Topeka State courts would get extra money immediately to meet payrolls but would face another funding shortage in the next fiscal year under a measure endorsed Friday by a Senate panel.
The Senate Ways and Means Committee, in a report on the proposed budget it endorsed for the judiciary, noted the "dire" financial outlook for Kansas' court system in fiscal 2003, which starts July 1.
"Sympathy's nice, but it sure doesn't help you pay the bills," Chief Justice Kay McFarland said after the committee approved the funding plan on a voice vote.
The committee approved a proposal for immediate $600,000 infusion for the judiciary's budget, money that McFarland said was needed to meet the current fiscal year's final payroll. The additional funds would raise the judiciary's appropriation for this year to $79.6 million.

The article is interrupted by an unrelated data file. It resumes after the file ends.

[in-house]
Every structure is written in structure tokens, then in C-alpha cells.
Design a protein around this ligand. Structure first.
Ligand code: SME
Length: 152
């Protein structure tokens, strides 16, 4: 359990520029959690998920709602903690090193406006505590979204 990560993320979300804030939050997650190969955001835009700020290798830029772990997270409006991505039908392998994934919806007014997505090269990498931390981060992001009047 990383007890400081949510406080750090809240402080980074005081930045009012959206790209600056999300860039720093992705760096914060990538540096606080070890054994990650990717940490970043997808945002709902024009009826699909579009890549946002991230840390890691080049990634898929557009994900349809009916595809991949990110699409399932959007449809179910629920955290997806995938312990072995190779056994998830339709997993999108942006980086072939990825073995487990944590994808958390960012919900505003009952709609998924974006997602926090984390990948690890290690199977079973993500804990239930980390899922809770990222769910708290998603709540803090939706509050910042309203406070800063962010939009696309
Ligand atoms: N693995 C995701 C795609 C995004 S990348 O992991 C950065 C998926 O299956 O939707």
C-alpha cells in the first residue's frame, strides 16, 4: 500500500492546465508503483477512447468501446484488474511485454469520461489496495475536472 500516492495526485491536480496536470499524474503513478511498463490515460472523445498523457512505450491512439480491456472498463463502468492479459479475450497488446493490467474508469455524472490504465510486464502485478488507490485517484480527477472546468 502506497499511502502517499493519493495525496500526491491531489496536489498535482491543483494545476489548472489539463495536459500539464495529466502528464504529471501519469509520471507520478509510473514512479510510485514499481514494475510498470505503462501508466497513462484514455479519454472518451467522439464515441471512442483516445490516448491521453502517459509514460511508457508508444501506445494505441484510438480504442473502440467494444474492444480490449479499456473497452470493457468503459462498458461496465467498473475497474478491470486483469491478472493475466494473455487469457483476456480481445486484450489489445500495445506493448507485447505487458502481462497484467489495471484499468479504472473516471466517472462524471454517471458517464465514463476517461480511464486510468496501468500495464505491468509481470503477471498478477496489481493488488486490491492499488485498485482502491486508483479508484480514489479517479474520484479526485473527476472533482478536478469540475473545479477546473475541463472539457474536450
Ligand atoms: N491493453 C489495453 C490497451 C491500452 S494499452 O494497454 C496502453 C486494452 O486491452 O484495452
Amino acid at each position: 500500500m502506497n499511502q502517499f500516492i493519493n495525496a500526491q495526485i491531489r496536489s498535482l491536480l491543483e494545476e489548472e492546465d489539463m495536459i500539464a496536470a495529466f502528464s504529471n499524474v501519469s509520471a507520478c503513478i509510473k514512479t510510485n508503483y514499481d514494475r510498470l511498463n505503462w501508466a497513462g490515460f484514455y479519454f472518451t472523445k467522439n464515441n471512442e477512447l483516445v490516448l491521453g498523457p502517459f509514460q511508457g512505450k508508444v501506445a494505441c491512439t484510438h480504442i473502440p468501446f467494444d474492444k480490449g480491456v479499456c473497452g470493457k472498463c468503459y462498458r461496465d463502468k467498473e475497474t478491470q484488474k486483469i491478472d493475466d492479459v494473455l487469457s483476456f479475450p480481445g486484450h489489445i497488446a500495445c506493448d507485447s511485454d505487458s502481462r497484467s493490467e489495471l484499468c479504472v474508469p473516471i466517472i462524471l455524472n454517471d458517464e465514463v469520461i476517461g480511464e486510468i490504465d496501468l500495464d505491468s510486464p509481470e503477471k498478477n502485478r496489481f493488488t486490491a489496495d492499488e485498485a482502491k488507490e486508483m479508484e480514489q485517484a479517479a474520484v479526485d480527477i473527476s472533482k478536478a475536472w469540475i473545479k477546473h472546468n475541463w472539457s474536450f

For fiscal 2003, the committee endorsed a proposed budget of $81.2 million, which McFarland and other court officials have said would be $3.6 million less than will be needed to meet payrolls.
The committee's budget proposal was to be part of the proposed budget for all of state government that the full Senate will debate later.
If the state raises new revenue, lawmakers should look at putting more money into the judiciary, the committee said in its report.
"Since we don't have it, we can't put it in," said Chairman Steve Morris, R-Hugoton. "The courts are one of those essential services we provide the citizens. We have to maintain a viable judicial system."